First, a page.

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High dietary niacin intake is associated with decreased chromosome translocation frequency in airline pilots.

Authors
Yong-LC; Petersen-MR
Source
Br J Nutr 2011 Feb; 105(4):496-505
NIOSHTIC No.
20037971
Abstract
Experimental studies suggest that B vitamins such as niacin, folate, riboflavin, vitamin B6 and vitamin B12 may protect against DNA damage induced by ionising radiation (IR). However, to date, data from IR-exposed human populations are not available. We examined the intakes of these B vitamins and their food sources in relation to the frequency of chromosome translocations as a biomarker of cumulative DNA damage, in eighty-two male airline pilots. Dietary intakes were estimated by using a self-administered semi-quantitative FFQ. Translocations in peripheral blood lymphocytes were scored by using fluorescence in situ hybridisation whole-chromosome painting. Negative binomial regression was used to estimate rate ratios and 95 % CI, adjusted for age and occupational and lifestyle factors. We observed a significant inverse association between translocation frequency and dietary intake of niacin (P = 002): adjusted rate ratio for subjects in the highest tertile compared with the lowest tertile was 058 (95 % CI 040, 083). Translocation frequency was not associated with total niacin intake from food and supplements as well as dietary or total intake of folate, riboflavin or vitamin B6 or B12. However, the adjusted rate ratios were significant for subjects with = median compared with < median intake of whole grains (P = 003) and red and processed meat (P = 001): 069 (95 % CI 050, 096) and 156 (95 % CI 113, 216), respectively. Our data suggest that a high intake of niacin from food or a diet high in whole grains but low in red and processed meat may protect against cumulative DNA damage in IR-exposed persons.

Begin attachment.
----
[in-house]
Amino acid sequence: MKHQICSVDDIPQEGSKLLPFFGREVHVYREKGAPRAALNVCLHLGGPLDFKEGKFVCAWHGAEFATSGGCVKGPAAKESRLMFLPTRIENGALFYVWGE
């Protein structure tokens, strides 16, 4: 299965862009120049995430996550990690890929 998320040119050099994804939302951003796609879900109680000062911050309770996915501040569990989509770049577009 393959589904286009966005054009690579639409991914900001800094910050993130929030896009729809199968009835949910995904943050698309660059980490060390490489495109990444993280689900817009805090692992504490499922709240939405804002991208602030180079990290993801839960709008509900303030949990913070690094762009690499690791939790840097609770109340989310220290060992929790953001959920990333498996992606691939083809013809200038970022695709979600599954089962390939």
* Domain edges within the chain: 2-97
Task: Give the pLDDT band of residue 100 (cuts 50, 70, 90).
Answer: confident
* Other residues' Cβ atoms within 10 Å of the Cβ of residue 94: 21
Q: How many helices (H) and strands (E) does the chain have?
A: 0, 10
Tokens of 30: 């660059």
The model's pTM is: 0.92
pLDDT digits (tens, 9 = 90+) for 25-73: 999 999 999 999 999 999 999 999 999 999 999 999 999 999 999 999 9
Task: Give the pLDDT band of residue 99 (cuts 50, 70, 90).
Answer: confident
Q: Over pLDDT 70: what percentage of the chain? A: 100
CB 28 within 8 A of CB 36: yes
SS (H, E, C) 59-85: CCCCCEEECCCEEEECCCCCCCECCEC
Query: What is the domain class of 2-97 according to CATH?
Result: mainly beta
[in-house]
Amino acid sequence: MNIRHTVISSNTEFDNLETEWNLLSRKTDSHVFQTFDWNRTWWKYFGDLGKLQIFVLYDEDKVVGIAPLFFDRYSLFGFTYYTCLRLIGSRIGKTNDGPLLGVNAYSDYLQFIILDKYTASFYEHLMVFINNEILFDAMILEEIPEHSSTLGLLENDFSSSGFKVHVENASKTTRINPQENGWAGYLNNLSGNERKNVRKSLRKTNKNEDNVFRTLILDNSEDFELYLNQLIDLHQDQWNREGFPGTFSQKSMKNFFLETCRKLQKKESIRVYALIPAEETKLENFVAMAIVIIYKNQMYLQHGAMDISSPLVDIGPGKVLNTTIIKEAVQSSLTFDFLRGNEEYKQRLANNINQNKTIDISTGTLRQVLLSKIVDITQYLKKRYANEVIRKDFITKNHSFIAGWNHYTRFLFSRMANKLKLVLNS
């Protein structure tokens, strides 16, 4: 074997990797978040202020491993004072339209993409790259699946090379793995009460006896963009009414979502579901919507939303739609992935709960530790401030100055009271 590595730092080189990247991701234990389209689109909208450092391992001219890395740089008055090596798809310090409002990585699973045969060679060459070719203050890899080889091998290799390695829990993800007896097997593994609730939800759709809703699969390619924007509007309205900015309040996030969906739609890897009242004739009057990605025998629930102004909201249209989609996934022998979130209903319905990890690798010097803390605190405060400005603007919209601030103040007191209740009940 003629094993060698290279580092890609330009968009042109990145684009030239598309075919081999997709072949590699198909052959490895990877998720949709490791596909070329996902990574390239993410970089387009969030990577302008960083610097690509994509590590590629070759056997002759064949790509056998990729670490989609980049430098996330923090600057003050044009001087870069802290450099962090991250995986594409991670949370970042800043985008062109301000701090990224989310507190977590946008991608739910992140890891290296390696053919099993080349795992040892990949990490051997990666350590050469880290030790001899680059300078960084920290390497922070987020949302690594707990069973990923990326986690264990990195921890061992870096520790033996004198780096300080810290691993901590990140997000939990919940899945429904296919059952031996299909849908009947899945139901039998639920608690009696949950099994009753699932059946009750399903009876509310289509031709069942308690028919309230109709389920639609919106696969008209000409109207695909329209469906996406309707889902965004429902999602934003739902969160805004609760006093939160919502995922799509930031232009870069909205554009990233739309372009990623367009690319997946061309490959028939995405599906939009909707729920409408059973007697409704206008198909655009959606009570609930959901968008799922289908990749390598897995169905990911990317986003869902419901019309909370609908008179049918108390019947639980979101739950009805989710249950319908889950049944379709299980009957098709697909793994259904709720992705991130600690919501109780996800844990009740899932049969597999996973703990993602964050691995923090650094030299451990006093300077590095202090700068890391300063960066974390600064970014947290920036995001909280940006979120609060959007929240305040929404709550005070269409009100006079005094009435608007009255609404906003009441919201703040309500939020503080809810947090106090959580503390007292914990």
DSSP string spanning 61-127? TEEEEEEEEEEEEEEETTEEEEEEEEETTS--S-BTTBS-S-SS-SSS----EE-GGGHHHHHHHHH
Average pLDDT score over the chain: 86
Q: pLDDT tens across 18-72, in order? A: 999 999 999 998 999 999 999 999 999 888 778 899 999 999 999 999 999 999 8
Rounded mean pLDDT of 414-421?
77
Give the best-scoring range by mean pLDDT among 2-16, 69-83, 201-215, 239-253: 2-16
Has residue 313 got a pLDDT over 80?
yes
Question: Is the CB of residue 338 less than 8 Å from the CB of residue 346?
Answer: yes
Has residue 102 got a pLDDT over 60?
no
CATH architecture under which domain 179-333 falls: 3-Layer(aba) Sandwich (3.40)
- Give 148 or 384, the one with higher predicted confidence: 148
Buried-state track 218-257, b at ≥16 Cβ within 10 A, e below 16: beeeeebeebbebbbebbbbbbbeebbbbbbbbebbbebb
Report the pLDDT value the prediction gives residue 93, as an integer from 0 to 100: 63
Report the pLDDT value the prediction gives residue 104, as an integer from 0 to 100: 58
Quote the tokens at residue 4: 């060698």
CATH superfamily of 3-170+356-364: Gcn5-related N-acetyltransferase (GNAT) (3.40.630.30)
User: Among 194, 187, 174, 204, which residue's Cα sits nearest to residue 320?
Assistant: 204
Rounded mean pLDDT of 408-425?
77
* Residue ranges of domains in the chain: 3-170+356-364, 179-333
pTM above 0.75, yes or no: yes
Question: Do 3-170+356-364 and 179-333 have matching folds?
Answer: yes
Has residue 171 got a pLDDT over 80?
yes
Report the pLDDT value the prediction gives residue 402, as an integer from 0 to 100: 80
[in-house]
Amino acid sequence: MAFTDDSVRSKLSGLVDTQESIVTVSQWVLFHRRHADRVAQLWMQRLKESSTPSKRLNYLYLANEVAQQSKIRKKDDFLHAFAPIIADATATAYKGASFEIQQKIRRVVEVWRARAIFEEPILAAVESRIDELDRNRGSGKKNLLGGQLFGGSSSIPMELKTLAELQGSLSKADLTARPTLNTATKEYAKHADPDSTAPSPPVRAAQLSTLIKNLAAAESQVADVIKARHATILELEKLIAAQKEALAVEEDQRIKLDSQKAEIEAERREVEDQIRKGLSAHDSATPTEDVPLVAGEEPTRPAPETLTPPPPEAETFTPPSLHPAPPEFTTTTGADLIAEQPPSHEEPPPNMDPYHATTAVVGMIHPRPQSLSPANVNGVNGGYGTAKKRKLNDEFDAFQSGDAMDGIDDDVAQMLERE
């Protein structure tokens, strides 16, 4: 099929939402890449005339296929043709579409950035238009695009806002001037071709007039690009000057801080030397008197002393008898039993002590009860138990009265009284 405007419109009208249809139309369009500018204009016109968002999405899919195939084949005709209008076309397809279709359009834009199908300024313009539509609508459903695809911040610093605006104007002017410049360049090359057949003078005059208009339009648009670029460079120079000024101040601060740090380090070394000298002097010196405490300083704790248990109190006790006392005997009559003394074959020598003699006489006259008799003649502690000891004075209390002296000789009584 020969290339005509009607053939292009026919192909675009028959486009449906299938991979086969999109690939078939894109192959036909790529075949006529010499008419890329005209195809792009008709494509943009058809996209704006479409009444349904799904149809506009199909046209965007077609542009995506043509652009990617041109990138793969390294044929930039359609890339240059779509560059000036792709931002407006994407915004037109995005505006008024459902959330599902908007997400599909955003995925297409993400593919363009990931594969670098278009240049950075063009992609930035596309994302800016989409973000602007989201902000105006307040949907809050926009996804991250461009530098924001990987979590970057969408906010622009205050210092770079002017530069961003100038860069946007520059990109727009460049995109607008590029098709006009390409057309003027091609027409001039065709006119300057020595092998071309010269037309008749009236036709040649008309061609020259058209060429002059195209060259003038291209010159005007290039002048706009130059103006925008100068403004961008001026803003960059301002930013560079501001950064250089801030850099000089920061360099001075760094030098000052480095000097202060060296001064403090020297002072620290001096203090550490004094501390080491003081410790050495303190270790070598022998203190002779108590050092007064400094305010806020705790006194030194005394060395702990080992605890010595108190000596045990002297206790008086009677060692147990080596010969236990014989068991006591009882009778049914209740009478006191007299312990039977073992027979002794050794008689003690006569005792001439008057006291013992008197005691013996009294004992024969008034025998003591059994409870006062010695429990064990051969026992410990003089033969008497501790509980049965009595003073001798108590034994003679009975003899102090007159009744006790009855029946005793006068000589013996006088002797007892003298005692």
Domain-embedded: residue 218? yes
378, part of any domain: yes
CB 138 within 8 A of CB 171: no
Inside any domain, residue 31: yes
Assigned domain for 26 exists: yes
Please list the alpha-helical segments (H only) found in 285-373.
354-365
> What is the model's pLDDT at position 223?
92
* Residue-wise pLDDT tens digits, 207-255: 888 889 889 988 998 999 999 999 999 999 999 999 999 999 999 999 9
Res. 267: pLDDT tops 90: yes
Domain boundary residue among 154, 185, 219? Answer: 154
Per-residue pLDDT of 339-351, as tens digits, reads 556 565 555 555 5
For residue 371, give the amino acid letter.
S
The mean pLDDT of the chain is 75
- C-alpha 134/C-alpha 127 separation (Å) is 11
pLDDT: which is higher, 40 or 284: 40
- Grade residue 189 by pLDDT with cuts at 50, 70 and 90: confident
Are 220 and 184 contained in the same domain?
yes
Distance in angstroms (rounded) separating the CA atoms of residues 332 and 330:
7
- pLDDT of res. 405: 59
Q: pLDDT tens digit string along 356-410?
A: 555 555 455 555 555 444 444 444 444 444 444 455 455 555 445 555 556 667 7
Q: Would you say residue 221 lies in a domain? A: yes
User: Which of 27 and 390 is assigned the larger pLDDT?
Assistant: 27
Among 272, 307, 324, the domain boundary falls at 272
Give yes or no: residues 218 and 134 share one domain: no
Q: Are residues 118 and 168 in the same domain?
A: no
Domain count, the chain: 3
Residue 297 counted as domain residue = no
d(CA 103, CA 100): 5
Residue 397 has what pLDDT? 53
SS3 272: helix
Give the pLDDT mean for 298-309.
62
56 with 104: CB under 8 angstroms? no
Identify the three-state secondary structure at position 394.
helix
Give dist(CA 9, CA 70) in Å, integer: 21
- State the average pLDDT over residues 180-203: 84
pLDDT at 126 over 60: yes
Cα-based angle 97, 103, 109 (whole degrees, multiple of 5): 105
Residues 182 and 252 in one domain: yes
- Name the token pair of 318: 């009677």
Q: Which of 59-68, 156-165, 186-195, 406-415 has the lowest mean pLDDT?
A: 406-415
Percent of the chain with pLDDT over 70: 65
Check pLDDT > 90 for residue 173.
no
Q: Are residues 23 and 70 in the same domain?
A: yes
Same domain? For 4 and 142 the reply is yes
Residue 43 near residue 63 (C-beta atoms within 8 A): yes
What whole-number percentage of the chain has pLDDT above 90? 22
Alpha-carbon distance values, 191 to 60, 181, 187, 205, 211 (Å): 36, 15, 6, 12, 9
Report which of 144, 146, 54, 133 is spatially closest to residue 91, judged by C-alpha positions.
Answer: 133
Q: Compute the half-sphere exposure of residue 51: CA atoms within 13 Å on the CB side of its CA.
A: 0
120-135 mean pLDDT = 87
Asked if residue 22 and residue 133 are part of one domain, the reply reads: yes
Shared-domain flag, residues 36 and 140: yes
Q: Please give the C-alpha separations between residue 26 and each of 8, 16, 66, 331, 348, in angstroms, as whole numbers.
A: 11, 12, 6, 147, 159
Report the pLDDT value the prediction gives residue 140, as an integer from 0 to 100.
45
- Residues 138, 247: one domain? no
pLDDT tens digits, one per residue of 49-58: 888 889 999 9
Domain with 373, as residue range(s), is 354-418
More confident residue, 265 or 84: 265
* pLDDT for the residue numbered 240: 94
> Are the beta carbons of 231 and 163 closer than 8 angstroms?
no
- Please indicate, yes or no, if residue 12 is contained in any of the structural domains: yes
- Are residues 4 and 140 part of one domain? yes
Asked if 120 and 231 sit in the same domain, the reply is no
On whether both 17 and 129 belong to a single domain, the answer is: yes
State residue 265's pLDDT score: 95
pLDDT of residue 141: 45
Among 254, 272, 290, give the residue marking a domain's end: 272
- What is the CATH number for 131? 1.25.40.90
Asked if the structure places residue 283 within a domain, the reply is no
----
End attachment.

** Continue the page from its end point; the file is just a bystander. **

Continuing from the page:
Keywords
Pilots; Vitamins; Food; Men; Age-groups; Biomarkers; Dietary-effects; Aircrews; Author Keywords: Niacin; Vitamin B; Chromosome translocations; Airline pilots; Radiation exposure
Contact
Dr. L. C. Yong, Industrywide Studies Branch, Division of Surveillance, Hazard Evaluations and Field Studies, National Institute for Occupational Safety and Health, 4676 Columbia Parkway, Mailstop R-15, Cincinnati OH 45226
CODEN
BJNUAV
Publication Date
20110201
Document Type
Journal Article
Email Address
lay7@cdc.gov
Fiscal Year
2011
NTIS Accession No.
NTIS Price
Issue of Publication
4
ISSN
0007-1145
NIOSH Division
DSHEFS
Priority Area
Transportation, Warehousing and Utilities
Source Name
British Journal of Nutrition
State
OH
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